US court halts construction of Keystone XL oil pipeline

US President Donald Trump shows an executive order on January 24, 2017 reviving the construction of two controversial oil pipelines – the Keystone XL pipeline and an equally controversial pipeline crossing in North Dakota. (AFP)
Updated 09 November 2018
0

US court halts construction of Keystone XL oil pipeline

  • The ruling deals a stinging setback to Trump and the oil industry and serves up a big win for conservationists and indigenous groups
  • Environmental and indigenous groups sued TransCanada and the State Department in March to halt the project

WASHINGTON: A federal judge on Thursday halted construction of the Keystone XL oil pipeline, arguing that President Donald Trump’s administration had failed to adequately explain why it had lifted a ban on the project.
The ruling by Judge Brian Morris of the US District Court for the District of Montana dealt a stinging setback to Trump and the oil industry and served up a big win for conservationists and indigenous groups.
Trump granted a permit for the $8 billion conduit meant to stretch from Canada to Texas just days after taking office last year. He said it would create jobs and spur development of infrastructure.
In doing so the administration overturned a ruling by then president Barack Obama in 2015 that denied a permit for the pipeline, largely on environmental grounds, in particular the US contribution to climate change.
The analysis of a cross-border project like this is done by the State Department.
The same environmental analysis that the department carried out before denying the permit in 2015 was ignored when the department turned around last year and approved it, the judge argued.
“An agency cannot simply disregard contrary or inconvenient factual determinations that it made in the past, any more than it can ignore inconvenient facts when it writes on a blank slate,” Morris wrote.
He added: “The department instead simply discarded prior factual findings related to climate change to support its course reversal.”
The judge also argued that the State Department failed to properly account for factors such as low oil prices, the cumulative impacts of greenhouse gases from the pipeline and the risk of oil spills.
Thursday’s ruling is temporary, and requires the government to do a more thorough review of how the project might affect the climate, cultural resources and wildlife. The Trump administration can appeal to a higher court.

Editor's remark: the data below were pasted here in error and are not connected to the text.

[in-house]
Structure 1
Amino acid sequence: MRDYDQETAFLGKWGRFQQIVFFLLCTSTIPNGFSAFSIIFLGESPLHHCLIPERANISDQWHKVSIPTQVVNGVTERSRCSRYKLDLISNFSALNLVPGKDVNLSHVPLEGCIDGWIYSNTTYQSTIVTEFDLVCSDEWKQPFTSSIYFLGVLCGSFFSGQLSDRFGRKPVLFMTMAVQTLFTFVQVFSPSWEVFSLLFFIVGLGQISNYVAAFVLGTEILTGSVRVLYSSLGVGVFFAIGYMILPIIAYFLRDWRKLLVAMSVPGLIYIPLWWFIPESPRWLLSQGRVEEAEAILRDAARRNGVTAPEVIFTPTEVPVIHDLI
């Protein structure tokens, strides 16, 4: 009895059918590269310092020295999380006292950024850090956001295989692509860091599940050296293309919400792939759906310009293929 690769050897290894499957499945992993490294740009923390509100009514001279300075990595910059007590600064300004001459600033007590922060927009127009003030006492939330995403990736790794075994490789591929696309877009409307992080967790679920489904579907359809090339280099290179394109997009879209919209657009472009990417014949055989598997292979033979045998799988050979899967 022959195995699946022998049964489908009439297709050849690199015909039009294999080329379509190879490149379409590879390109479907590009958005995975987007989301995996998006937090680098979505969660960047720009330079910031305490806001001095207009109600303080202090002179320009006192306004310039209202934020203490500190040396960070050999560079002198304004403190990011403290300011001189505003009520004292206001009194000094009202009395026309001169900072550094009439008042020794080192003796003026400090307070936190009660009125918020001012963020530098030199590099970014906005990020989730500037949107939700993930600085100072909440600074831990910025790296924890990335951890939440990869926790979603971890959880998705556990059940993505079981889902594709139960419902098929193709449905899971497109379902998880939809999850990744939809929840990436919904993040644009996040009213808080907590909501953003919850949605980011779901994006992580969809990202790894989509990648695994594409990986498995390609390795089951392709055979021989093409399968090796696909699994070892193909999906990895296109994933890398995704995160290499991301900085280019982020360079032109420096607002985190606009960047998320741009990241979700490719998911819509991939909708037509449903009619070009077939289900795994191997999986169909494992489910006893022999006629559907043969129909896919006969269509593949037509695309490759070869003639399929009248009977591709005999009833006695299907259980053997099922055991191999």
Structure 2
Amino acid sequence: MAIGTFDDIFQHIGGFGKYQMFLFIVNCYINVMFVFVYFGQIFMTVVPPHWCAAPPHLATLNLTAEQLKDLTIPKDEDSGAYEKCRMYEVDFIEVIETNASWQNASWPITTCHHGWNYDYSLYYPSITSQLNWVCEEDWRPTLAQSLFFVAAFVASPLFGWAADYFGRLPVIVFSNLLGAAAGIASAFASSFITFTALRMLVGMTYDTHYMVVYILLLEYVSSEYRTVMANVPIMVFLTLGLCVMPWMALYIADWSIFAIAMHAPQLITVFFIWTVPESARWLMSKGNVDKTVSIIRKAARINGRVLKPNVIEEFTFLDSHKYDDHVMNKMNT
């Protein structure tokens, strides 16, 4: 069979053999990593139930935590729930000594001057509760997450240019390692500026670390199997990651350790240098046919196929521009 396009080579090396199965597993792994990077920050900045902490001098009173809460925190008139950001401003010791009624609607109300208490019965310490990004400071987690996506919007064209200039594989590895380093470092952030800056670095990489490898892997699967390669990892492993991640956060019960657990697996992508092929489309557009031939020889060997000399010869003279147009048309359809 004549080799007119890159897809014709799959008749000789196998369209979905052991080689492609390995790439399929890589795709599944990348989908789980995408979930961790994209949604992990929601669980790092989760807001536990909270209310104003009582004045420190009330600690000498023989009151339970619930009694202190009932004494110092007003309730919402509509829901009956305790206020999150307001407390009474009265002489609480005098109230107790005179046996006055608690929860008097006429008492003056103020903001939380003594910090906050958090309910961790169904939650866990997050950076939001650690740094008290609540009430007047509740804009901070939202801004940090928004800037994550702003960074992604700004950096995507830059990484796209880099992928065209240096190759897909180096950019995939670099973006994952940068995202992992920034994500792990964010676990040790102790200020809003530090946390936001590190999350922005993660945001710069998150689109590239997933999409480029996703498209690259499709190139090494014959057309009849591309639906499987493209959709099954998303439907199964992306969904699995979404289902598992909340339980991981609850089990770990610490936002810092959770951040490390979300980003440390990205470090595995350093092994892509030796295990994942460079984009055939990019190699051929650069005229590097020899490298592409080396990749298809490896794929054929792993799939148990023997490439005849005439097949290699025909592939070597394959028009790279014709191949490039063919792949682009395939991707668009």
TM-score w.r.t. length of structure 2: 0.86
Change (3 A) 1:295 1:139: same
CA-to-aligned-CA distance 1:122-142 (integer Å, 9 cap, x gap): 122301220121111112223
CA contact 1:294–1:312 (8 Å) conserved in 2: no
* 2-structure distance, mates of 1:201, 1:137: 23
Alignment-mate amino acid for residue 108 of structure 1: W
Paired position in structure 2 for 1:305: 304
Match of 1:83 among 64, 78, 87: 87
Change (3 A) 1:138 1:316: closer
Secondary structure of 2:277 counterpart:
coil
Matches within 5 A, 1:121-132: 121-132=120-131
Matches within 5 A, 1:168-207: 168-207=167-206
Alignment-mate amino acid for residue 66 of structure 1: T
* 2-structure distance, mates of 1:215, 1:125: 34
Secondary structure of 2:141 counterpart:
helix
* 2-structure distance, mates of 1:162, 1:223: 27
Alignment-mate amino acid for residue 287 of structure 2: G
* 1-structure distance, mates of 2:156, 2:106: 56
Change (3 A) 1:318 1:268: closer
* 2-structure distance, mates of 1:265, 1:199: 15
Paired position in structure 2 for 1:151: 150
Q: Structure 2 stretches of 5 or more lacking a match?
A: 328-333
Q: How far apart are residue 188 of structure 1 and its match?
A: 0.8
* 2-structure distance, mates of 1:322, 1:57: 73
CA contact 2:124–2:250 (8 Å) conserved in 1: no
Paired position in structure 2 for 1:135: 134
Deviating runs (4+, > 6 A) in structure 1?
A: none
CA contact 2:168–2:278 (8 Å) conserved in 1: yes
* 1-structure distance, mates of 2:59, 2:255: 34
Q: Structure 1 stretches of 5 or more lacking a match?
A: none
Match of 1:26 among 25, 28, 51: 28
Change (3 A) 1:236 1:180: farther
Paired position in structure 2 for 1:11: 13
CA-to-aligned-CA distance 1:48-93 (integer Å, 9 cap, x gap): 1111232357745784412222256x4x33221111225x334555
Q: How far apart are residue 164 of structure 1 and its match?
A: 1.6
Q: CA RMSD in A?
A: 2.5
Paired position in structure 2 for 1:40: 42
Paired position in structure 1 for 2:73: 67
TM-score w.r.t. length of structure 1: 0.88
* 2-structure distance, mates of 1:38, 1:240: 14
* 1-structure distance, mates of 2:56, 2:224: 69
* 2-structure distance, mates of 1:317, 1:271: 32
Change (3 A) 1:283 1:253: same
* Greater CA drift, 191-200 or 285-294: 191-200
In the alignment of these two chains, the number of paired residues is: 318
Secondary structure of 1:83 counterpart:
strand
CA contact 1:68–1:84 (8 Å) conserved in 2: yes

The pipeline is designed to run from tar sand oil fields in Canada’s Albert province, through Montana, South Dakota and part of Nebraska, to existing facilities in that last state.
From there it would flow to Oklahoma and on to the Texas Gulf coast.
The US stretch of the line would be 1,450 kilometers long. The rest is in Canada.
The pipeline was being prepared by TransCanada. Construction of the US leg had been scheduled to begin next year.
Environmental and indigenous groups sued TransCanada and the State Department in March to halt the project.
One of the plaintiffs, the Sierra Club, welcomed the Morris’ ruling.
“Today’s ruling makes it clear once and for all that it’s time for TransCanada to give up on their Keystone XL pipe dream,” Sierra Club senior attorney Doug Hayes said in a statement.
“The Trump administration tried to force this dirty pipeline project on the American people, but they can’t ignore the threats it would pose to our clean water, our climate, and our communities.”


US trade negotiators to visit China for fresh round of talks

Updated 21 March 2019
0

US trade negotiators to visit China for fresh round of talks

  • Washington and Beijing are battling over the final shape of a trade deal
  • American officials are demanding profound changes to Chinese industrial policy

BEIJING: US Trade Representative Robert Lighthizer and Treasury Secretary Steven Mnuchin will visit China on March 28-29 for a fresh round of talks aimed at resolving the bruising trade war, the Chinese commerce ministry said Thursday.
After their visit, Chinese Vice Premier Liu He will head to the United States in April to continue the negotiations, ministry spokesman Gao Feng said at a press briefing.
Washington and Beijing are battling over the final shape of a trade deal, with American officials demanding profound changes to Chinese industrial policy.
President Donald Trump warned Wednesday that US tariffs on Chinese imports could remain in place for a “substantial period,” dampening hopes that an agreement would see them lifted soon.
Over the last eight months, the United States and China have slapped tariffs on more than $360 billion in two-way goods trade, weighing on the manufacturing sectors in both countries.
On Friday, China’s rubber-stamp parliament approved a foreign investment law to strengthen protections for intellectual property — a central US grievance — but critics said the bill was rammed through without sufficient time for input from businesses.